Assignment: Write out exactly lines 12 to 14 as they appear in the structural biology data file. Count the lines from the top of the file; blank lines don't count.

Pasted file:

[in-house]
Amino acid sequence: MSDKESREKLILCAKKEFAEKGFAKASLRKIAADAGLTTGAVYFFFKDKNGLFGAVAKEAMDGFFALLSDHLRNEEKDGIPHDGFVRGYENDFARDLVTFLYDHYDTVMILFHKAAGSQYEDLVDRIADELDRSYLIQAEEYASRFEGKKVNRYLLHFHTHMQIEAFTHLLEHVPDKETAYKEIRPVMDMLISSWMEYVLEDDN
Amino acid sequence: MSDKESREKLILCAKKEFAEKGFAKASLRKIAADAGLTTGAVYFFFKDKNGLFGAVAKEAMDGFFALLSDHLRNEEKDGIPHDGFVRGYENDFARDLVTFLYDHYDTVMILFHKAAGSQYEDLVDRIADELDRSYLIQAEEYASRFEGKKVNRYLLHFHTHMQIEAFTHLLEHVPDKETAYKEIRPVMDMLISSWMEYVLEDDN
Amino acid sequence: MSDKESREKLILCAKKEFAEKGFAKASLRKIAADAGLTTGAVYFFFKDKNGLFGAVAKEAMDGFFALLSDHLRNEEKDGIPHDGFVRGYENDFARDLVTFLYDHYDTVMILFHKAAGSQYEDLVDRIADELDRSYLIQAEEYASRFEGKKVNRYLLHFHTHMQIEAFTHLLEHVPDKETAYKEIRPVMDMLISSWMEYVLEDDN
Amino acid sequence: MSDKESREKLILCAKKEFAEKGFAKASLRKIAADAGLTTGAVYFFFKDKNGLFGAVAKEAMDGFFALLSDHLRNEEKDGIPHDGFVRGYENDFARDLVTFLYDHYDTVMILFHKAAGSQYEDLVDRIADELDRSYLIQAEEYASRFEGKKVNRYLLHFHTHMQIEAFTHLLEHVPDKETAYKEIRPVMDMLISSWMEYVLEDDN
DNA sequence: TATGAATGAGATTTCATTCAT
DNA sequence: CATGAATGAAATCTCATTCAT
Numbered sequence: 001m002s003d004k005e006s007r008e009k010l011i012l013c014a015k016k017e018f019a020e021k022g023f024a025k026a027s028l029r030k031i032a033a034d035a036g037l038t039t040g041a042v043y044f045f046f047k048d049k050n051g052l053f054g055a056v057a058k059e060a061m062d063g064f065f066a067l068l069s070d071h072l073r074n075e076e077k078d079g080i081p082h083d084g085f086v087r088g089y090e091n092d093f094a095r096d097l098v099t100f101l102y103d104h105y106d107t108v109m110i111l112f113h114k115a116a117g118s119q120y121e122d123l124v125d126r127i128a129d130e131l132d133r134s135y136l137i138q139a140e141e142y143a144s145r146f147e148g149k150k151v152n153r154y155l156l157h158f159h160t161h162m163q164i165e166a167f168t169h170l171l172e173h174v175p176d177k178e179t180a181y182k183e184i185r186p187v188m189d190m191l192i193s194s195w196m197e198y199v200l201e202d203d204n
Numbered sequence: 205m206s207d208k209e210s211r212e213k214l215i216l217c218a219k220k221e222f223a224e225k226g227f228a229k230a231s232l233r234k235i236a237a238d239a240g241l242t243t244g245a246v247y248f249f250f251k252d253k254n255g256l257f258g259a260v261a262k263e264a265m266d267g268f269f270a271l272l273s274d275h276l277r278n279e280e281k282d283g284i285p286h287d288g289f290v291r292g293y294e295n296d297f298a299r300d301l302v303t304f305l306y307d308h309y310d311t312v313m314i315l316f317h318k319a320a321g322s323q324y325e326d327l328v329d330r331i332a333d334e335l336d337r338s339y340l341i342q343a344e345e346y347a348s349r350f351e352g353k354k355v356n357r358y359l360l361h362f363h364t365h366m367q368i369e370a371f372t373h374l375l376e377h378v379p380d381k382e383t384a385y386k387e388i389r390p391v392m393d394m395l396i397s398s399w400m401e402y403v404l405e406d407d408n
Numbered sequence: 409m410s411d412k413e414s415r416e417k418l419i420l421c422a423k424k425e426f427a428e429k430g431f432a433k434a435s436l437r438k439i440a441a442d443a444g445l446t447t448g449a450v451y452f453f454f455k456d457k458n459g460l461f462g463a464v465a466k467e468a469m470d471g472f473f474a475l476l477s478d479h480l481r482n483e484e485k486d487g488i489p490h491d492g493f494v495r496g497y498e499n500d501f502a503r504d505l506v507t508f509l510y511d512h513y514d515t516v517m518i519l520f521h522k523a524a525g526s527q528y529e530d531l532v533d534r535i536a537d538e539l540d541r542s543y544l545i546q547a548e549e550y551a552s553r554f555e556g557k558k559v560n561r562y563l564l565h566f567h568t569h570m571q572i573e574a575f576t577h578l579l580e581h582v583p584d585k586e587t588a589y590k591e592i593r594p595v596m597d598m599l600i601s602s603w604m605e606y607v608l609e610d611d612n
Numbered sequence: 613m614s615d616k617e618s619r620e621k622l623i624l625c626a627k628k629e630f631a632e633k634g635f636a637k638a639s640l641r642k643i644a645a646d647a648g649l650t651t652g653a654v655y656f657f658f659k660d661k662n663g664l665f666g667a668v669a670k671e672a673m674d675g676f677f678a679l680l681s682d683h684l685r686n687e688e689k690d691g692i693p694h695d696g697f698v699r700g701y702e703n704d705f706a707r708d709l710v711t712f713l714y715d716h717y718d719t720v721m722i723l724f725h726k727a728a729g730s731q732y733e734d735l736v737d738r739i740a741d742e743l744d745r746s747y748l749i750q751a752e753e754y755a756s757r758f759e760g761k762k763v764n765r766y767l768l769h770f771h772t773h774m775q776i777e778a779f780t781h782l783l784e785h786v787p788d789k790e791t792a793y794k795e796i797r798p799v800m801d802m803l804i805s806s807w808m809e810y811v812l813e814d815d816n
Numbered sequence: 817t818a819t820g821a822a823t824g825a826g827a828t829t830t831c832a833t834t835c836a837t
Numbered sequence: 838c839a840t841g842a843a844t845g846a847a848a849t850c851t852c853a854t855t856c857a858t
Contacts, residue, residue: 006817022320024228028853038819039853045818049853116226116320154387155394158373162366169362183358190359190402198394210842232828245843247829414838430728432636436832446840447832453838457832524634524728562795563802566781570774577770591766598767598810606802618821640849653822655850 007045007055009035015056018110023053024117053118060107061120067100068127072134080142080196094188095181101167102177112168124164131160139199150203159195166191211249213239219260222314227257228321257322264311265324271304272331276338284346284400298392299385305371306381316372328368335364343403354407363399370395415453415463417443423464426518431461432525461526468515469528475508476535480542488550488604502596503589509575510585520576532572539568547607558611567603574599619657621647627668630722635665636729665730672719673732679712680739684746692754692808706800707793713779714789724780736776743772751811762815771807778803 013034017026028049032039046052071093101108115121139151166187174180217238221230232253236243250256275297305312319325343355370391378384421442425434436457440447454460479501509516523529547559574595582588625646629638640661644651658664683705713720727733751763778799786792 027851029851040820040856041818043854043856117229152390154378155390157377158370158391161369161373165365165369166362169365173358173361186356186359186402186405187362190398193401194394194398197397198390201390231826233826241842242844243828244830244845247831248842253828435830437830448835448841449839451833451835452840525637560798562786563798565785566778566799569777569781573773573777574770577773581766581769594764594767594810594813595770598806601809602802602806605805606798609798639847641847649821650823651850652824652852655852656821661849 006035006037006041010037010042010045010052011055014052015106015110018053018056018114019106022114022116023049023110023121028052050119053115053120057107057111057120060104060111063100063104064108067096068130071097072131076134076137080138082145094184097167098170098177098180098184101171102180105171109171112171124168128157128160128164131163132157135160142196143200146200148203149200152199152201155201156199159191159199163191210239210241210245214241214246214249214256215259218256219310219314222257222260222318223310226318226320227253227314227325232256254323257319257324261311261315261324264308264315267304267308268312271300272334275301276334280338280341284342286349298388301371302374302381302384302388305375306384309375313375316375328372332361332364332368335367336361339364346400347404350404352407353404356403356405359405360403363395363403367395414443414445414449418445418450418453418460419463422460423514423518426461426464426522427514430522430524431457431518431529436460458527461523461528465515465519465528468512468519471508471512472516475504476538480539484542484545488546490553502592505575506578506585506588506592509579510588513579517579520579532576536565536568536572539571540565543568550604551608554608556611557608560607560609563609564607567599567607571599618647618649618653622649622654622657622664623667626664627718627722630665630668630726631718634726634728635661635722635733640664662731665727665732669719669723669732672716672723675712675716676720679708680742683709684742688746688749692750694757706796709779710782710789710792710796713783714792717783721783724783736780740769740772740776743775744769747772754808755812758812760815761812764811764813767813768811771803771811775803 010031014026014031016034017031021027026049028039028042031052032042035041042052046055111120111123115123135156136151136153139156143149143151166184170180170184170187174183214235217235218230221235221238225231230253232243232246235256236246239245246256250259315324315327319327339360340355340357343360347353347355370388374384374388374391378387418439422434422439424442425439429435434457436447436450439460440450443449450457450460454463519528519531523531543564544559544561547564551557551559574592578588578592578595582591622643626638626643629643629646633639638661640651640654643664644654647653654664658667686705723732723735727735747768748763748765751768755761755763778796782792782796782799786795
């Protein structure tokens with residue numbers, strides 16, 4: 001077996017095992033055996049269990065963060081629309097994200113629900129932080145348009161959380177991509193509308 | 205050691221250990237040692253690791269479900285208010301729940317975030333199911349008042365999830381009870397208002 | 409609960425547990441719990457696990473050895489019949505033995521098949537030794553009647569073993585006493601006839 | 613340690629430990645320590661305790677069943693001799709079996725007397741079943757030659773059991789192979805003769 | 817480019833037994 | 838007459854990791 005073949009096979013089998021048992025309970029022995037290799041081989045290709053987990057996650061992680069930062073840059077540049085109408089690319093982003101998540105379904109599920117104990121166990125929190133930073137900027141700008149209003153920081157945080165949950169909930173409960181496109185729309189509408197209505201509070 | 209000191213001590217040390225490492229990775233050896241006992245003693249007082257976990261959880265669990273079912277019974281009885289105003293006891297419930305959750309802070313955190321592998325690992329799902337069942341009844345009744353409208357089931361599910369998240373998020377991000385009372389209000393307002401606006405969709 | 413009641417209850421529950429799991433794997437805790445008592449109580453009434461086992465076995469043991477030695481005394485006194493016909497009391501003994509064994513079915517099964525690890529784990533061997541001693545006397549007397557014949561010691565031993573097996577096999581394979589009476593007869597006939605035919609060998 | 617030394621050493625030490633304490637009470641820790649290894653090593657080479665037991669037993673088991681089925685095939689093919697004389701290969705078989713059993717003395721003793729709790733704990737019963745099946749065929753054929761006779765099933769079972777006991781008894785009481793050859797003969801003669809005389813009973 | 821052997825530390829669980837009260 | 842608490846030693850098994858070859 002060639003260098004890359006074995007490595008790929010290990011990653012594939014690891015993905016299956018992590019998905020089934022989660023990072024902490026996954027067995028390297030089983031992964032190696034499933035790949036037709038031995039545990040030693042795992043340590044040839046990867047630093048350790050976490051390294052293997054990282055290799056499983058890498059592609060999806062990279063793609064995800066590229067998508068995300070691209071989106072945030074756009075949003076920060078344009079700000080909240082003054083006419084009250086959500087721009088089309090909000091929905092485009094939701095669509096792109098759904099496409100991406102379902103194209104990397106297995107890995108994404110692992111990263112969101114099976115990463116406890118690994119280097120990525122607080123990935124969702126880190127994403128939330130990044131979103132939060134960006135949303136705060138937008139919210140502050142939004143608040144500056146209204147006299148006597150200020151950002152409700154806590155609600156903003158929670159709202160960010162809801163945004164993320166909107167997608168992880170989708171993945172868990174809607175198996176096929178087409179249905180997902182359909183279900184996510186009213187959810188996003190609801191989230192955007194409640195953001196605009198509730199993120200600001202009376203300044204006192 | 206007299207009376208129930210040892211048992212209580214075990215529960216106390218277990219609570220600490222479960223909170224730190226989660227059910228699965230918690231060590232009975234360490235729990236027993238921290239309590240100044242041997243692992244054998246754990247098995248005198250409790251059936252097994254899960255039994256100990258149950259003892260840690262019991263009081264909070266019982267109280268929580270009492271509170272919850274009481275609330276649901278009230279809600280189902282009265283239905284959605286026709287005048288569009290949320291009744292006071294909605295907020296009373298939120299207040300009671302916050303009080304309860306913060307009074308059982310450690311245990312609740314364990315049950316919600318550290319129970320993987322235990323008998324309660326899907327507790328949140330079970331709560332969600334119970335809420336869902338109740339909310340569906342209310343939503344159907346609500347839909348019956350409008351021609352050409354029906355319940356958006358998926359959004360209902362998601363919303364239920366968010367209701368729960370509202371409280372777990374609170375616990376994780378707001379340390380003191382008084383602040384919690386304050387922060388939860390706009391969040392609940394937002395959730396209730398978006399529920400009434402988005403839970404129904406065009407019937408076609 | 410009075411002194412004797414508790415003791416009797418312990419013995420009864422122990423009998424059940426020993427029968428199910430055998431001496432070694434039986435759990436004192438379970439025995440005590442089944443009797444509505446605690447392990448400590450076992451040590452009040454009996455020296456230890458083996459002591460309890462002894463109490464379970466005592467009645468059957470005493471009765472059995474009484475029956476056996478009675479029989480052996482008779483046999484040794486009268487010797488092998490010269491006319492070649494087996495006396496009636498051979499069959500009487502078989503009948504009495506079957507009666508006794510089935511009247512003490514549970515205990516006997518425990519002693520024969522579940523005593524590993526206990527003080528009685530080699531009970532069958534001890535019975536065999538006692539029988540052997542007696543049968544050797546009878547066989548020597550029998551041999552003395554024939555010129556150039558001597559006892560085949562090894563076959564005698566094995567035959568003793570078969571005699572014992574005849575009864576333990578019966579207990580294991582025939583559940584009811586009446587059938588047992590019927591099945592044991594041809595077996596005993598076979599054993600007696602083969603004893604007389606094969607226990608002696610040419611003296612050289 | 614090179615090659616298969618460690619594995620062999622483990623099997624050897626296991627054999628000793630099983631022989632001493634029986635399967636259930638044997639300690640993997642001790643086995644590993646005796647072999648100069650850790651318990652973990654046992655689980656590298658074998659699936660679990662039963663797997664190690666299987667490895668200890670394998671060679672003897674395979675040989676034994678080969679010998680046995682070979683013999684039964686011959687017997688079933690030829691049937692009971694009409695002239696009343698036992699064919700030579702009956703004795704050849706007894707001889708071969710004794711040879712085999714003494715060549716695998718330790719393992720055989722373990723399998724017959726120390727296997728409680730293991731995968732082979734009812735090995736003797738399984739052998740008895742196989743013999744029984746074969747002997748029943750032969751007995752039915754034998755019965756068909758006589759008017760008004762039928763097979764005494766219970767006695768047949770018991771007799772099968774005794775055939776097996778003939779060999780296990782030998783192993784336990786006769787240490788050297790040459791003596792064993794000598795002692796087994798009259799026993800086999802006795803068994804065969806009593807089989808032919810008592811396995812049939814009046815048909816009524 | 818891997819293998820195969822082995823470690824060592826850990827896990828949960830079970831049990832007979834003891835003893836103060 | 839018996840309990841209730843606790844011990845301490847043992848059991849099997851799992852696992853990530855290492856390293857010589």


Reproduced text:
Numbered sequence: 817t818a819t820g821a822a823t824g825a826g827a828t829t830t831c832a833t834t835c836a837t
Numbered sequence: 838c839a840t841g842a843a844t845g846a847a848a849t850c851t852c853a854t855t856c857a858t
Contacts, residue, residue: 006817022320024228028853038819039853045818049853116226116320154387155394158373162366169362183358190359190402198394210842232828245843247829414838430728432636436832446840447832453838457832524634524728562795563802566781570774577770591766598767598810606802618821640849653822655850 007045007055009035015056018110023053024117053118060107061120067100068127072134080142080196094188095181101167102177112168124164131160139199150203159195166191211249213239219260222314227257228321257322264311265324271304272331276338284346284400298392299385305371306381316372328368335364343403354407363399370395415453415463417443423464426518431461432525461526468515469528475508476535480542488550488604502596503589509575510585520576532572539568547607558611567603574599619657621647627668630722635665636729665730672719673732679712680739684746692754692808706800707793713779714789724780736776743772751811762815771807778803 013034017026028049032039046052071093101108115121139151166187174180217238221230232253236243250256275297305312319325343355370391378384421442425434436457440447454460479501509516523529547559574595582588625646629638640661644651658664683705713720727733751763778799786792 027851029851040820040856041818043854043856117229152390154378155390157377158370158391161369161373165365165369166362169365173358173361186356186359186402186405187362190398193401194394194398197397198390201390231826233826241842242844243828244830244845247831248842253828435830437830448835448841449839451833451835452840525637560798562786563798565785566778566799569777569781573773573777574770577773581766581769594764594767594810594813595770598806601809602802602806605805606798609798639847641847649821650823651850652824652852655852656821661849 006035006037006041010037010042010045010052011055014052015106015110018053018056018114019106022114022116023049023110023121028052050119053115053120057107057111057120060104060111063100063104064108067096068130071097072131076134076137080138082145094184097167098170098177098180098184101171102180105171109171112171124168128157128160128164131163132157135160142196143200146200148203149200152199152201155201156199159191159199163191210239210241210245214241214246214249214256215259218256219310219314222257222260222318223310226318226320227253227314227325232256254323257319257324261311261315261324264308264315267304267308268312271300272334275301276334280338280341284342286349298388301371302374302381302384302388305375306384309375313375316375328372332361332364332368335367336361339364346400347404350404352407353404356403356405359405360403363395363403367395414443414445414449418445418450418453418460419463422460423514423518426461426464426522427514430522430524431457431518431529436460458527461523461528465515465519465528468512468519471508471512472516475504476538480539484542484545488546490553502592505575506578506585506588506592509579510588513579517579520579532576536565536568536572539571540565543568550604551608554608556611557608560607560609563609564607567599567607571599618647618649618653622649622654622657622664623667626664627718627722630665630668630726631718634726634728635661635722635733640664662731665727665732669719669723669732672716672723675712675716676720679708680742683709684742688746688749692750694757706796709779710782710789710792710796713783714792717783721783724783736780740769740772740776743775744769747772754808755812758812760815761812764811764813767813768811771803771811775803 010031014026014031016034017031021027026049028039028042031052032042035041042052046055111120111123115123135156136151136153139156143149143151166184170180170184170187174183214235217235218230221235221238225231230253232243232246235256236246239245246256250259315324315327319327339360340355340357343360347353347355370388374384374388374391378387418439422434422439424442425439429435434457436447436450439460440450443449450457450460454463519528519531523531543564544559544561547564551557551559574592578588578592578595582591622643626638626643629643629646633639638661640651640654643664644654647653654664658667686705723732723735727735747768748763748765751768755761755763778796782792782796782799786795